Much has changed since the invention of the first computer that was available for the masses. After several decades, computers have become smaller, more efficient, and more powerful. Modern computers no longer need to occupy huge spaces. They can even be pocketed and now worn as fully-functional gadget accessories. Before ogling on the magnificent Google Glass and looking forward to the future of wearable tech, it may be worth some time looking back at the history and development of the geeky wearable devices the current generation is now enjoying. A few takeaways:
Wearable computers are basically small and compact electronic devices designed to be worn by a user. They are also referred to as body-borne computers, considered as a type of wearable technology that has in its core an electronic device that performs calculations and processes information. With this definition, watches from the 1990s that doubled as calculators can be considered as wearable computers. However, today’s concept of a wearable computer has advanced into something that is more than just simple calculations and information processing. This is similar to how devices are being classified as smartphones. Before, many advanced phones were already referred to as smartphones but were eventually relegated to being simply called “feature phones” as more powerful smartphones emerged. Today’s wearable computers are characteristically more powerful, more efficient, and more compact. They also possess a greater range of features and are more convenient to wear. Additionally, they feature better technologies in terms of displays, processors, batteries, and input and output systems. There’s still so much room for improvement but we may have to revisit the predecessors and forefathers of these modern wearable tech to better appreciate all the features we already have.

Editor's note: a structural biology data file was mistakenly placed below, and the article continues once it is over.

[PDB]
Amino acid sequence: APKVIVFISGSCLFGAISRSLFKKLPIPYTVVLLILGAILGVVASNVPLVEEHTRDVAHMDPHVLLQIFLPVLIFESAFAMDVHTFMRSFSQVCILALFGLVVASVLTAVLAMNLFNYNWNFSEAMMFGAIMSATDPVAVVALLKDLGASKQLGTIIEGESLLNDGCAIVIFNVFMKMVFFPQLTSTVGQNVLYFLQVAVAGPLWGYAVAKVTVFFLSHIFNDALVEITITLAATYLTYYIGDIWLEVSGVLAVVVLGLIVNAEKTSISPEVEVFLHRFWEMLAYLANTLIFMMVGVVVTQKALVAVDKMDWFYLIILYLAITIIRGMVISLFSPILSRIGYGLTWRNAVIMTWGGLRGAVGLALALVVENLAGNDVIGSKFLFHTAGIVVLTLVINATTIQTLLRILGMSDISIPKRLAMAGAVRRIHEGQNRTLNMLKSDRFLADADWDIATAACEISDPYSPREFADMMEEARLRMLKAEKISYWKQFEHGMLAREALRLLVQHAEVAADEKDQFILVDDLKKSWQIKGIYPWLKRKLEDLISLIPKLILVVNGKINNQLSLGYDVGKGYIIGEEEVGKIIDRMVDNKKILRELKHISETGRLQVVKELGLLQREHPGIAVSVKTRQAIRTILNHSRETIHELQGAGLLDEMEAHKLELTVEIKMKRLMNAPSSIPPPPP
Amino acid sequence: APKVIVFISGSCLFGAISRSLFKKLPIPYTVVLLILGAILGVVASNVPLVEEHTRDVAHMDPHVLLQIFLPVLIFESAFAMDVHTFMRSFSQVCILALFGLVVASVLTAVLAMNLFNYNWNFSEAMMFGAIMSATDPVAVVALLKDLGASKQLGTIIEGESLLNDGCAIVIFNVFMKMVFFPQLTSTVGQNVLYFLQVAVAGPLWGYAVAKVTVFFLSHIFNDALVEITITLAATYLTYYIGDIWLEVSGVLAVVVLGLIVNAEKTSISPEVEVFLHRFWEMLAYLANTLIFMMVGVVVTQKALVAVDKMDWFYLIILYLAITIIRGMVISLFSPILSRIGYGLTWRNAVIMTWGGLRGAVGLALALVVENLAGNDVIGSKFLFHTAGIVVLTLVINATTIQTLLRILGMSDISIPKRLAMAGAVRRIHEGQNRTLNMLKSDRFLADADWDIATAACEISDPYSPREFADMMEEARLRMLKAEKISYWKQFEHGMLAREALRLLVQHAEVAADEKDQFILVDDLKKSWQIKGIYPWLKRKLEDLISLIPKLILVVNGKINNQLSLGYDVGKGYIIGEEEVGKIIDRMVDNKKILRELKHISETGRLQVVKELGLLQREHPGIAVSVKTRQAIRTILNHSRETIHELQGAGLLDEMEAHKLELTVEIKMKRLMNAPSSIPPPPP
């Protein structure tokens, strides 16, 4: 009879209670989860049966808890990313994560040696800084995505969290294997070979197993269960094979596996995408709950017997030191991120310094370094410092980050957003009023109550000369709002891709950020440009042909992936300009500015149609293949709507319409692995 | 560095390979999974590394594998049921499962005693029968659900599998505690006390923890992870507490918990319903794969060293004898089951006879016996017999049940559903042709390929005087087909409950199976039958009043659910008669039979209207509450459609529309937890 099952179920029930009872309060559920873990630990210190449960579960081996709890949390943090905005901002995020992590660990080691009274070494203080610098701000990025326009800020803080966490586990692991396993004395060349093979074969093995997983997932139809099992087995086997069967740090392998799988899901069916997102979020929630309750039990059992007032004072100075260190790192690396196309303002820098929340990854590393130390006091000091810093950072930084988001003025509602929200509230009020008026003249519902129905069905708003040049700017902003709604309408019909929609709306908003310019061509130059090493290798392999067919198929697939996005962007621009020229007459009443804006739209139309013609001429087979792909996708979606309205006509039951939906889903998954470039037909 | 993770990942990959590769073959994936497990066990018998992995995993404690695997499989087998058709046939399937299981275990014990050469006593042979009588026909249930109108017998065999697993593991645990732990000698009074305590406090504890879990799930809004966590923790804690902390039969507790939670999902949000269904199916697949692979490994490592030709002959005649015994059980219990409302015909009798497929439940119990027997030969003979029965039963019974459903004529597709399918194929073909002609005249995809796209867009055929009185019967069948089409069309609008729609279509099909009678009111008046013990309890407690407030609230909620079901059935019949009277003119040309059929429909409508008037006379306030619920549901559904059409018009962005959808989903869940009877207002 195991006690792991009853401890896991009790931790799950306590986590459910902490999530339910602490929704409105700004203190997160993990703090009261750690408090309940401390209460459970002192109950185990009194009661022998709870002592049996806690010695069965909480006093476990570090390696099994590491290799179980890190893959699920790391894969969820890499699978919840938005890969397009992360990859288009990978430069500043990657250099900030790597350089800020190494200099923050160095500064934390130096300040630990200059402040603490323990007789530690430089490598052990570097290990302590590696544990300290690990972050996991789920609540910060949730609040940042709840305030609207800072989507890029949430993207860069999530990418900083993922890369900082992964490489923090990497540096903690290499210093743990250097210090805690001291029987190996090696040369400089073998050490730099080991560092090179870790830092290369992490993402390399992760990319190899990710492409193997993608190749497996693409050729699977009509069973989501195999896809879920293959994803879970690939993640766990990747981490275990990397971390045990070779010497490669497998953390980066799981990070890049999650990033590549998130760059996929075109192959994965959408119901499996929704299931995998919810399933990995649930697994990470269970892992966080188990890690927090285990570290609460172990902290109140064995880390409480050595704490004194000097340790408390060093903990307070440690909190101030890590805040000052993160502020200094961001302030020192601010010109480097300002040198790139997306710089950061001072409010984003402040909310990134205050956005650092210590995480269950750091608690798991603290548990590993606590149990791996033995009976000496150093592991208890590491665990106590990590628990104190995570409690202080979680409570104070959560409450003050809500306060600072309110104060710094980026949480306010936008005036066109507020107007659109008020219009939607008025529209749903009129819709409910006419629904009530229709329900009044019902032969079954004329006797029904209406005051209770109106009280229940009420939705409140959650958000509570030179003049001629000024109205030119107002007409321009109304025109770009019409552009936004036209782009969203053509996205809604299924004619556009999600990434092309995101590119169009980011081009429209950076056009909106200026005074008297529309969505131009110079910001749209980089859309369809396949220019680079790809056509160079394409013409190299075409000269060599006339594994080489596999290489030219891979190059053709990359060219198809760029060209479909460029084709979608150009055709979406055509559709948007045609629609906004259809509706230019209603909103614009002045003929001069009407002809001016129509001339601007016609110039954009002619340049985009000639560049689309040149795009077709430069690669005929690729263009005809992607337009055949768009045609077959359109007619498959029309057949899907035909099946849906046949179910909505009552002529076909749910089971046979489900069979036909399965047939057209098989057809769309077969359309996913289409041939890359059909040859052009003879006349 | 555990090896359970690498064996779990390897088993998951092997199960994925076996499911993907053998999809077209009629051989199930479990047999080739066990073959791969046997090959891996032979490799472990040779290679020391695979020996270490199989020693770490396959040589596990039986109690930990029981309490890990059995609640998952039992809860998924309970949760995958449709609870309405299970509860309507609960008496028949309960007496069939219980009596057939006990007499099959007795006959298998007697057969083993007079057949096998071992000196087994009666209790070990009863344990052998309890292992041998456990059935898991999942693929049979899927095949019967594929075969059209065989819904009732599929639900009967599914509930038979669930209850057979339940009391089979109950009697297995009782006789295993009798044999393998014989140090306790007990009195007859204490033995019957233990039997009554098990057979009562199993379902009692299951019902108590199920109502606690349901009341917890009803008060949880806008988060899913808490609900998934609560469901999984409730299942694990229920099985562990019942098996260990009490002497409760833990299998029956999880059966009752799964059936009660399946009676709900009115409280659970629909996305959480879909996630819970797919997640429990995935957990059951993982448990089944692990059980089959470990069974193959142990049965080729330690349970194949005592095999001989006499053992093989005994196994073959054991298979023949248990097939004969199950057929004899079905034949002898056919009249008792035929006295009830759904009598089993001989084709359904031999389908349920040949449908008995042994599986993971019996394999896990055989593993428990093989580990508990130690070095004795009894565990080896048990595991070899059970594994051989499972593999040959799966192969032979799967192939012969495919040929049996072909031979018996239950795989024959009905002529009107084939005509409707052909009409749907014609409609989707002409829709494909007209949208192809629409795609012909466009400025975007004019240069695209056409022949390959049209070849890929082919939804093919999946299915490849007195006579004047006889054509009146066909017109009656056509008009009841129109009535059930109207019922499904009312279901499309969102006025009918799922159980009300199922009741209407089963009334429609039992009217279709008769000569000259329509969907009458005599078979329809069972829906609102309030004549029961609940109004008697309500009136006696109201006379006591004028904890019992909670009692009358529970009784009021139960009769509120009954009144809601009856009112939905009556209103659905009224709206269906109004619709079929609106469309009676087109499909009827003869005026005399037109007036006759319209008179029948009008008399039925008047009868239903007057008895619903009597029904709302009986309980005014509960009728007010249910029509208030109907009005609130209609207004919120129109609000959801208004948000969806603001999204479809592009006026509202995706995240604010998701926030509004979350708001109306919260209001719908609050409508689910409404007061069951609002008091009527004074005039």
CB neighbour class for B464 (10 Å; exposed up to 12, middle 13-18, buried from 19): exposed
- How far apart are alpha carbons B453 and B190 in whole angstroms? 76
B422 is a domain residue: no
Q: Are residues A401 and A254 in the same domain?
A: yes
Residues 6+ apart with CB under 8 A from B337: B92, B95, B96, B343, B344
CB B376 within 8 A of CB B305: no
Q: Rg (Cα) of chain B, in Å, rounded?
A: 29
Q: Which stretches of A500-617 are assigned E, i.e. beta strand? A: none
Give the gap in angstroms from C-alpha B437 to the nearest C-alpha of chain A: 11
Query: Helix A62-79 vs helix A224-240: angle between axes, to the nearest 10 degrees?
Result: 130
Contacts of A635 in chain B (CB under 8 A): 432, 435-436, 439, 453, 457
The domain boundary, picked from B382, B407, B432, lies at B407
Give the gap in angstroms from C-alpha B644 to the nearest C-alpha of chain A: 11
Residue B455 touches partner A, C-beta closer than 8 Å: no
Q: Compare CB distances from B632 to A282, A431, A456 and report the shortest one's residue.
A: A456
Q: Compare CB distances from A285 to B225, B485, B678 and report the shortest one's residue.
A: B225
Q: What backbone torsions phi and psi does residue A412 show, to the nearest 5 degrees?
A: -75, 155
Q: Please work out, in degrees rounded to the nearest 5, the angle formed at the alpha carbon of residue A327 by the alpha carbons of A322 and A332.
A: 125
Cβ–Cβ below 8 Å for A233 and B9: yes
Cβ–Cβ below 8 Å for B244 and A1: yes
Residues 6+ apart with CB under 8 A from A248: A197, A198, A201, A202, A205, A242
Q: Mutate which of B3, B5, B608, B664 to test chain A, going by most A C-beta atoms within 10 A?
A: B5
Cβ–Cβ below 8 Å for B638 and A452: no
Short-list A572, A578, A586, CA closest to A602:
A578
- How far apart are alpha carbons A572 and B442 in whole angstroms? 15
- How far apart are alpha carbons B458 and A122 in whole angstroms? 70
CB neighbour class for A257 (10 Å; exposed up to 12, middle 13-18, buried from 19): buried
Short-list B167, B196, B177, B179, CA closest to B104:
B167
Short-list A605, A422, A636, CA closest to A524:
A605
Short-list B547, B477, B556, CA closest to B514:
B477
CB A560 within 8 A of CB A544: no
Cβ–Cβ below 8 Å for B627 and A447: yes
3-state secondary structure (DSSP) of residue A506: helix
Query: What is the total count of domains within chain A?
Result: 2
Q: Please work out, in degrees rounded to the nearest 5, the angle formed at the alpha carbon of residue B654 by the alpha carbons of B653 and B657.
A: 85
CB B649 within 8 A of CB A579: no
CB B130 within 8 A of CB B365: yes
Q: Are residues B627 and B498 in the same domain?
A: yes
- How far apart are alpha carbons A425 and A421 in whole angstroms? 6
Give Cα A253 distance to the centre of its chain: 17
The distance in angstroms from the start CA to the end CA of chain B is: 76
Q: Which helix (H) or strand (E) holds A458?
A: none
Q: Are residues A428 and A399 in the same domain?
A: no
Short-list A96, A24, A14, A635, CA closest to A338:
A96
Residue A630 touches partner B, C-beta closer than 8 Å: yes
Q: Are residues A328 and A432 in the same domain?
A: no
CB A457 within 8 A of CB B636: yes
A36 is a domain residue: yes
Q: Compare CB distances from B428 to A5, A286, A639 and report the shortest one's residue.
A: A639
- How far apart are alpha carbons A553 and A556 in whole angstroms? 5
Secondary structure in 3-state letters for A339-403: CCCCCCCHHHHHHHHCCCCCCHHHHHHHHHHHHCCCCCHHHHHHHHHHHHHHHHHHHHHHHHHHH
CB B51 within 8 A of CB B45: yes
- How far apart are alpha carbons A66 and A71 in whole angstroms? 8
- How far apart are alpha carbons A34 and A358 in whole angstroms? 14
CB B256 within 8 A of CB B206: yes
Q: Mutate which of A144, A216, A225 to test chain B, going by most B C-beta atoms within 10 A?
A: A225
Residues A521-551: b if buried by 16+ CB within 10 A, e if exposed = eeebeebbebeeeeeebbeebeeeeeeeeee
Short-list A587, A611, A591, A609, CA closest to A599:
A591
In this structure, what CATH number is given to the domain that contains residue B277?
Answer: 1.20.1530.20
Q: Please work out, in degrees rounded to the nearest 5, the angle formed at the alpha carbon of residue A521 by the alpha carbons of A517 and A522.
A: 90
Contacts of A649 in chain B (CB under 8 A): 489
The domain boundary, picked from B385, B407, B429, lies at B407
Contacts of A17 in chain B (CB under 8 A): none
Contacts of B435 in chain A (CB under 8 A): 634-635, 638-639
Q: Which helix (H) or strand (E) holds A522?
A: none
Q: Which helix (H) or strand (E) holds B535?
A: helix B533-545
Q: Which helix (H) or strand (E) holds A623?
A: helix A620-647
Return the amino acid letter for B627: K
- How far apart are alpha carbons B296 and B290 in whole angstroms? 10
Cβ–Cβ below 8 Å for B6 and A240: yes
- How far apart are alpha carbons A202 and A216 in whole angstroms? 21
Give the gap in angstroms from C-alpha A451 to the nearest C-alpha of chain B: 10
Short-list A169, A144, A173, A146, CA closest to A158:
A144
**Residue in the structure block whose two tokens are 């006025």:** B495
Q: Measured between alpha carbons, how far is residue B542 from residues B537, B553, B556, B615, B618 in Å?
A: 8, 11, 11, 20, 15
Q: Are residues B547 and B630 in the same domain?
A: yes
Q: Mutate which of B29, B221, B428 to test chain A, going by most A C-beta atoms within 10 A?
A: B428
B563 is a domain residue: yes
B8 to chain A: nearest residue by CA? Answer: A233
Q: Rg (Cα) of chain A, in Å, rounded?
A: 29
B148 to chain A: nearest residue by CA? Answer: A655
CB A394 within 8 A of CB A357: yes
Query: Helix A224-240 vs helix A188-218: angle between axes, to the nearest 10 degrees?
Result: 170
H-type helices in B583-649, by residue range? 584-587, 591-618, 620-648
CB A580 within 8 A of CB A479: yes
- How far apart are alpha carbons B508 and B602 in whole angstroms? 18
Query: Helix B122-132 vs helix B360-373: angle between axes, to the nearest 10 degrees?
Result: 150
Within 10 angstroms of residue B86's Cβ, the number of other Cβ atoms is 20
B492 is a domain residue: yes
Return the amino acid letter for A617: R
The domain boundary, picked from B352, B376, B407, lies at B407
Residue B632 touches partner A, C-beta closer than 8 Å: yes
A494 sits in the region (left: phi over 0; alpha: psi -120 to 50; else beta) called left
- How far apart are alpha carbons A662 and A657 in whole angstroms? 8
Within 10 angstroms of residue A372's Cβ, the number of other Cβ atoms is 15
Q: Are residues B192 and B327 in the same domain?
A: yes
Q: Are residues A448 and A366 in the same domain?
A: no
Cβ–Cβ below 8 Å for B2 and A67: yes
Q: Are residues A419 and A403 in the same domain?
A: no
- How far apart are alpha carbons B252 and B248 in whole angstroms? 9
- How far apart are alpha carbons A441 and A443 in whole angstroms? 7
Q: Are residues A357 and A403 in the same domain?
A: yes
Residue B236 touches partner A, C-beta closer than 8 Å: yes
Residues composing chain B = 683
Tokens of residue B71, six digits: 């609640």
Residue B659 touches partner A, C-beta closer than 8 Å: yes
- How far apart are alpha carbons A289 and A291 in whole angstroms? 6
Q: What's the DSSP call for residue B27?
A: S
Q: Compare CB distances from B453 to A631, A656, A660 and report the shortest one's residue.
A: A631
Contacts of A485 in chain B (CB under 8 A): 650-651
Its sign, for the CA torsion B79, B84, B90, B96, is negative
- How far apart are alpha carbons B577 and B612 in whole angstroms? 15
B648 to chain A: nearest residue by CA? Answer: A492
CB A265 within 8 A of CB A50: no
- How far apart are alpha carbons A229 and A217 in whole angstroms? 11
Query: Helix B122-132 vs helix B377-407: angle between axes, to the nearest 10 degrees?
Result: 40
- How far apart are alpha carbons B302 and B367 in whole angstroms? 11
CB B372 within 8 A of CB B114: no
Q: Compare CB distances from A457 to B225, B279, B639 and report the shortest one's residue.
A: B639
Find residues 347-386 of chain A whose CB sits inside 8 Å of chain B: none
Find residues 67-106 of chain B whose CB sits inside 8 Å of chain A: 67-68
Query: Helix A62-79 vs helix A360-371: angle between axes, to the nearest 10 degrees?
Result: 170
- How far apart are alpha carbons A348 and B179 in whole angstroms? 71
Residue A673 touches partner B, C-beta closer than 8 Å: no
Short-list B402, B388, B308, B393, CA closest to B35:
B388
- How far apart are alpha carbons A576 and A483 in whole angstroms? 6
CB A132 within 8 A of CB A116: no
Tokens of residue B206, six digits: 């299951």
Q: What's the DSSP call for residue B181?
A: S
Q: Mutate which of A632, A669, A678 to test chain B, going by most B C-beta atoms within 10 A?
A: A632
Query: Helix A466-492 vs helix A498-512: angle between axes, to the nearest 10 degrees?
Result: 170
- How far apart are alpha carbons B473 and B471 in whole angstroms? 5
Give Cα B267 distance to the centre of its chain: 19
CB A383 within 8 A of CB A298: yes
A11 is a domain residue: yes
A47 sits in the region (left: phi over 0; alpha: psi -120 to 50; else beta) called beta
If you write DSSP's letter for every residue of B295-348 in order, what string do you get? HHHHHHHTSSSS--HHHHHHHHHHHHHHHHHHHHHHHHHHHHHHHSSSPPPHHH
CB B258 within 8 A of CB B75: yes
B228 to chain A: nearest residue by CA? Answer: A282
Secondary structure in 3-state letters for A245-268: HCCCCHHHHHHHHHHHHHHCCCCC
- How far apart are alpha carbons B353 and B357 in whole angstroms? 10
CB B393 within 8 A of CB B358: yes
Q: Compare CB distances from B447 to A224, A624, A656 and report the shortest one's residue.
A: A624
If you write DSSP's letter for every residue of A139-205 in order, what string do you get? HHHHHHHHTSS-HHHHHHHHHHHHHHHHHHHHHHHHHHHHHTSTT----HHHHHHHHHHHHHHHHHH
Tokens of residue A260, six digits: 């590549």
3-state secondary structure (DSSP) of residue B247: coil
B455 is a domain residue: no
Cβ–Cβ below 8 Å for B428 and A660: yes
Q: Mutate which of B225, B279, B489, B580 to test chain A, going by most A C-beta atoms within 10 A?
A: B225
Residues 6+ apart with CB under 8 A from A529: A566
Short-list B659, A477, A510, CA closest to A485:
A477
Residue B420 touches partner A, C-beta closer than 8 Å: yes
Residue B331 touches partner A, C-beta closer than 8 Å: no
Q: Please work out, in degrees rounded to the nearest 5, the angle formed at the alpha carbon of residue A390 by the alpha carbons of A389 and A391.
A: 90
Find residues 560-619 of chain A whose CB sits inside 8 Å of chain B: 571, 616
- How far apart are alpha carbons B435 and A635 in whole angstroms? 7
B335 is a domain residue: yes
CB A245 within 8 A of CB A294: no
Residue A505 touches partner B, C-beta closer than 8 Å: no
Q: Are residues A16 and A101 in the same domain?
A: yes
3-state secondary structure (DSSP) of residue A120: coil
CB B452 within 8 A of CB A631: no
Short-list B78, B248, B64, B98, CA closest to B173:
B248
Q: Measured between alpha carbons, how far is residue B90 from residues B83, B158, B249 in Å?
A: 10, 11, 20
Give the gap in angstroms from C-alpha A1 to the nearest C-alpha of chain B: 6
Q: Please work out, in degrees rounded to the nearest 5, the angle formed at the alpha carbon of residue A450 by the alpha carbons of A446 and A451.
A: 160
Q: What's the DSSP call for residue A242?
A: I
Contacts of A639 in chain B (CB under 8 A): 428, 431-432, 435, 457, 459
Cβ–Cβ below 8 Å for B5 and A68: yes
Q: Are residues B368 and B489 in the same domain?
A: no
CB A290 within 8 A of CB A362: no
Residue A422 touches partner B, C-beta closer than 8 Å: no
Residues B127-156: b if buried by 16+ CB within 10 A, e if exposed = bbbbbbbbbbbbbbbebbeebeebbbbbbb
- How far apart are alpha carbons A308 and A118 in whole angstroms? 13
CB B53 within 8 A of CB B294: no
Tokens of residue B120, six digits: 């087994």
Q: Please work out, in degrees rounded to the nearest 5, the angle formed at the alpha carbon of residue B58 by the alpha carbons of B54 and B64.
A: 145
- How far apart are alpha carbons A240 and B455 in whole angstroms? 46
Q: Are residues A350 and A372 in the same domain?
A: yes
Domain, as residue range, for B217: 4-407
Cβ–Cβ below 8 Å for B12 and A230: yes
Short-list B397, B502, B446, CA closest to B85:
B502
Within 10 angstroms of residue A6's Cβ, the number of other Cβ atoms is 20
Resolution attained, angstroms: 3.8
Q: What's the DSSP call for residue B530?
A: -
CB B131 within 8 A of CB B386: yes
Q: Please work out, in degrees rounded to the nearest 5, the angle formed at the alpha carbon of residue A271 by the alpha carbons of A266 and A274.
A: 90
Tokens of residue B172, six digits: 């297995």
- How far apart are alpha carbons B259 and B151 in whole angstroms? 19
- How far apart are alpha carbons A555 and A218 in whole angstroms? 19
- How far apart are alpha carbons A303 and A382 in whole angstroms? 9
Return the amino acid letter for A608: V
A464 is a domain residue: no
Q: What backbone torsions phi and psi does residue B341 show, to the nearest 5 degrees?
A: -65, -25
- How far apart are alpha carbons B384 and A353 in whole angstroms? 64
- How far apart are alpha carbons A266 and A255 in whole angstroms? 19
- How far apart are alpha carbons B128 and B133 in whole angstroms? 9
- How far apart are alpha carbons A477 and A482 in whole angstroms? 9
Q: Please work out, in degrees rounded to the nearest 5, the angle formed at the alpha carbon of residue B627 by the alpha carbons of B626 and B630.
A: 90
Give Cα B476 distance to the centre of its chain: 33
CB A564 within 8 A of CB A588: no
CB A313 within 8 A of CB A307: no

This is the decade when the pioneering wearable computers were introduced. In 1981, a 6502-based multimedia computer was designed to be worn as a backpack by Steve Mann, a researcher and inventor renowned for his works on computational photography, high dynamic range imaging, and wearable computing. In 1983, toe-operated computers were commercialized based on the Z-80s for counting cards. In the latter part of the decade, a head-mounted display called Private Eye was developed and marketed by Reflection Technology. It had a red monochrome display with a resolution of 720×280 pixels and a 1.25-inch screen size that appeared like a 15-inch display when viewed from an 18 inch distance.